TICE MINISTRY AN D FOREIGN ENLISTMENT.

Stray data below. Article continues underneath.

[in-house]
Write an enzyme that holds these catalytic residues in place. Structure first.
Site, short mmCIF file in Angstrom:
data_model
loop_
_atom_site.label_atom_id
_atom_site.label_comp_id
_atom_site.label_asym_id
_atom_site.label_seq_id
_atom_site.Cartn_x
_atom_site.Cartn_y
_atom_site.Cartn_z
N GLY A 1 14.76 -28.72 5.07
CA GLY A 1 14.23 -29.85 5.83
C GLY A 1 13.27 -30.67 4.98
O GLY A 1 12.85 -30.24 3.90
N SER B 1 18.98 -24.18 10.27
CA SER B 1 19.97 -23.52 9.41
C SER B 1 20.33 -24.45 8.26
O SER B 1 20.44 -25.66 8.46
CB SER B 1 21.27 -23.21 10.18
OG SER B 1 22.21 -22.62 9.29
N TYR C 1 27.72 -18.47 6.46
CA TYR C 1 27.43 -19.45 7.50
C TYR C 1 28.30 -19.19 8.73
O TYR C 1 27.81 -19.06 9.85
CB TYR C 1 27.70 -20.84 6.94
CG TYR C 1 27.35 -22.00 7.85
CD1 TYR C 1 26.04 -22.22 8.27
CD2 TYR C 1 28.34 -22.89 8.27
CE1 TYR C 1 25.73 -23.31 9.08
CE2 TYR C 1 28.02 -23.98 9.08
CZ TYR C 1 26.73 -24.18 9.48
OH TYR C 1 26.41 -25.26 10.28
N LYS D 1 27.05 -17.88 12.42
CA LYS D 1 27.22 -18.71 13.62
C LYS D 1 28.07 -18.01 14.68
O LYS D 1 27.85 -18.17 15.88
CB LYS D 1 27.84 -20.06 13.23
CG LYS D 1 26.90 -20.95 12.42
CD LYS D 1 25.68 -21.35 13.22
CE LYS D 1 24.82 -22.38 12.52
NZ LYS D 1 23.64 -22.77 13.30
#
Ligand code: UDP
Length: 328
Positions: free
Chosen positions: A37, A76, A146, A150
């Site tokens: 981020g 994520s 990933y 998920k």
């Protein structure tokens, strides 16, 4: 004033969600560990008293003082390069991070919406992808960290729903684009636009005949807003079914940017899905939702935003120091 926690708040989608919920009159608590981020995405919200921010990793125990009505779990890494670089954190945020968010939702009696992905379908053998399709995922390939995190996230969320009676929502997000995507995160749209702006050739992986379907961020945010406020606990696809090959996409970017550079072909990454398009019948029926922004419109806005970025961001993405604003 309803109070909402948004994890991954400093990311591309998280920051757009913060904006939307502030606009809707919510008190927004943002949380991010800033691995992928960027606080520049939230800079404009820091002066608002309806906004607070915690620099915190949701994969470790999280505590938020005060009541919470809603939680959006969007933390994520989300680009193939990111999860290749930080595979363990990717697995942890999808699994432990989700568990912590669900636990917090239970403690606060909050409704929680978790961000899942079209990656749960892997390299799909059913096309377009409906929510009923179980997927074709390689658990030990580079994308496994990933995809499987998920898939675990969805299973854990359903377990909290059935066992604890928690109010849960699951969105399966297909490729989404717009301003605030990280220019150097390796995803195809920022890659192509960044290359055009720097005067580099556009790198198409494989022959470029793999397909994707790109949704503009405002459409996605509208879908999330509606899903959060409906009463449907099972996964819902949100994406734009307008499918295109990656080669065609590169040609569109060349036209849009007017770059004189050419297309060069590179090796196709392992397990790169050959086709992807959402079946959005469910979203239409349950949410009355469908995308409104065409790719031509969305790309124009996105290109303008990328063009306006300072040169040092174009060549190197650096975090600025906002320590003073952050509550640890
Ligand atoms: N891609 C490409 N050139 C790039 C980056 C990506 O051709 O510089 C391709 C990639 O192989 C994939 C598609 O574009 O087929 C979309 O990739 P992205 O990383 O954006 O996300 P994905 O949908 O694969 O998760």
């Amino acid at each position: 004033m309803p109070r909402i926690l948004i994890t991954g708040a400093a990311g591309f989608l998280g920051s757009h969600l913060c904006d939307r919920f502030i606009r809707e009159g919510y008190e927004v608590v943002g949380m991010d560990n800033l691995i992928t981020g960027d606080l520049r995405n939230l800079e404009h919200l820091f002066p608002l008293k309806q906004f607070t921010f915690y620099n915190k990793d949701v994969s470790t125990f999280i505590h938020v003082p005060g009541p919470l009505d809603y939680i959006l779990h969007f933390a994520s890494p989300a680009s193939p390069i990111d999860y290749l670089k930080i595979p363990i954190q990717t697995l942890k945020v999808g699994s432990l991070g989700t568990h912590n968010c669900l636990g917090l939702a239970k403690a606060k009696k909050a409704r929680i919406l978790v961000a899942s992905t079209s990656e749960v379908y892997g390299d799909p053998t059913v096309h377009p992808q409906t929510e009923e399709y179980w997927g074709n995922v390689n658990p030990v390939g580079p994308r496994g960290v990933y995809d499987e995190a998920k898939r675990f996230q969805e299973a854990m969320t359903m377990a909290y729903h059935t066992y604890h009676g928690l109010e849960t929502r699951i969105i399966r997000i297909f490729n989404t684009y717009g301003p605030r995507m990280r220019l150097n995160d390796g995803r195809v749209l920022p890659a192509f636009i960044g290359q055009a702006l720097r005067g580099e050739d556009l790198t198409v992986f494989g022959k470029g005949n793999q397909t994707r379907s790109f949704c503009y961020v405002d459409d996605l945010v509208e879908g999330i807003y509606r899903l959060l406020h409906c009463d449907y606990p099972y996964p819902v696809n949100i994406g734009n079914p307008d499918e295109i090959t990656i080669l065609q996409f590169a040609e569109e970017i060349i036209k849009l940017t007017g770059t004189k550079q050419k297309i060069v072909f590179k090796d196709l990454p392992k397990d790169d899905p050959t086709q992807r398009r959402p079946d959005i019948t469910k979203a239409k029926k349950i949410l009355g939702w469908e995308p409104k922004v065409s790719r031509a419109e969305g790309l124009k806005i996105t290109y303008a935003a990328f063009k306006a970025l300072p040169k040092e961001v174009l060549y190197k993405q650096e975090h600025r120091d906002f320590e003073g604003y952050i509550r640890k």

1 Adam Street, Ade?phi, 19th December 1854. Sin—In the late debates there are two circumstances remarkable in the speeches of two different Ministers. The Earl of Aberdeen has definitely stated that the Government does not, by the treaty made with Austria for the purpose of curbing Russian injustice, in any way sanction or support injustice or cruelty on the part of Austria to Italians or Hungarians. The Duke of Newcastle, with manly dignity, acknowledges, in answer to the taunts of the Opposition, that errors both of omission and commission have been made,—that humanity is not perfect. This dignified simplicity is di- rectly opposite to the usual cavilling spirit evinced by men in office, con- tending for their own infallibility. This generous candour is one of the ele- ments of a great man' a greatness which Lord Derby's great man—the Czar—cannot achieve. Lord Derby's logic is anything but satisfactory. "The Czar is a great man, employing vast resources for unworthy purposes ; and we must obtain by our arms such advantages as to force the Emperor to submit to our terms of peace." If the Czar were a great good man, he would not do unworthy things with such resources; if a great bad man, he would scorn to submit at all, but would rather die in his extremity. The greatness of the Czar is that of the swindler who practises cheating while successful, and only submits after being taken into custody. It is strange how intelligent people are found to defend the Czar end the Russian system. I once heard the Irish described with exaggeration, as "a lying nation—lying from the crown of the head to the sole of the foot, lying by day, lying by night, lying in thinking and lying in speaking, lying in riding and lying in walking, lying in working, lying in playing, born lying and dying- lying ; and that there was no hope for them till the whole image of their lying should be palpably before and present to them." And what but all this in verity is Russia and the Czar ?—lying in negotiations, lying in treaties, lying itt peace and lying in war, till credence becomes an impracticability to honest men. And yet are intellectual men found, who call an incarnation of brute power, based on unbounded lying—the Czar— a great man ! It has been proposed to enlist foreigners as British troops to serve in foreign wars. Logically, nothing can be more desirable. We are at war with Russia, and all who hate Russian domination are to that extent natural allies. Our object is to cripple Russian mischief, and develop all the elements likely to effect that object. Our cause of quarrel is, that a man who is a moral idiot wields at will an enormous force of barbarians, sedulously prevented from acquiring any other kind of intelligence than that which may best enable them to execute the brute will of their despot. We war, and we must war on, till this brute power be destroyed—till the barbarians be taught that their idol is a thing "with front of brass and feet of clay." We must war till we have riven the bonds which hold together the multitudinous tribes called Russia ; we must encourage all people to rebel against her sway. We must finally crush all power based on the degradation of humanity,—power that uses "God's images" as though they were murrain cattle ; power that sometimes murders, that rends families asunder, displaces whole populations, that takes away the very Christian and surnames of the units of humanity, and de- signates them by numbers ; power that has crowded foreigners together on the shores of England for a refuge, and has made of the Polish refugees almost an institution of our country. If these things be true—and no trustworthy authority discredits them—then must we continue to wage war on the au- thor and upholder of them, or, if believing in the ultra peace doctrine of non-resistance, the proud aristocracy of Britain might in time come to be as the Polish nobles here—refugees in the free states of the Western world, and this England, this nursing-mother of freedom, a waste wilderness or a penal colony of Russia. Over all the world are people living away from their homes, and with no hope of revisiting their homes till their persecutors be no more. They may be self-deceived people, they may be crotchety people, but amongst them the great mass are patriots, stirred by high thoughts such as have given a national character to Great Britain. Many of them have become soldiers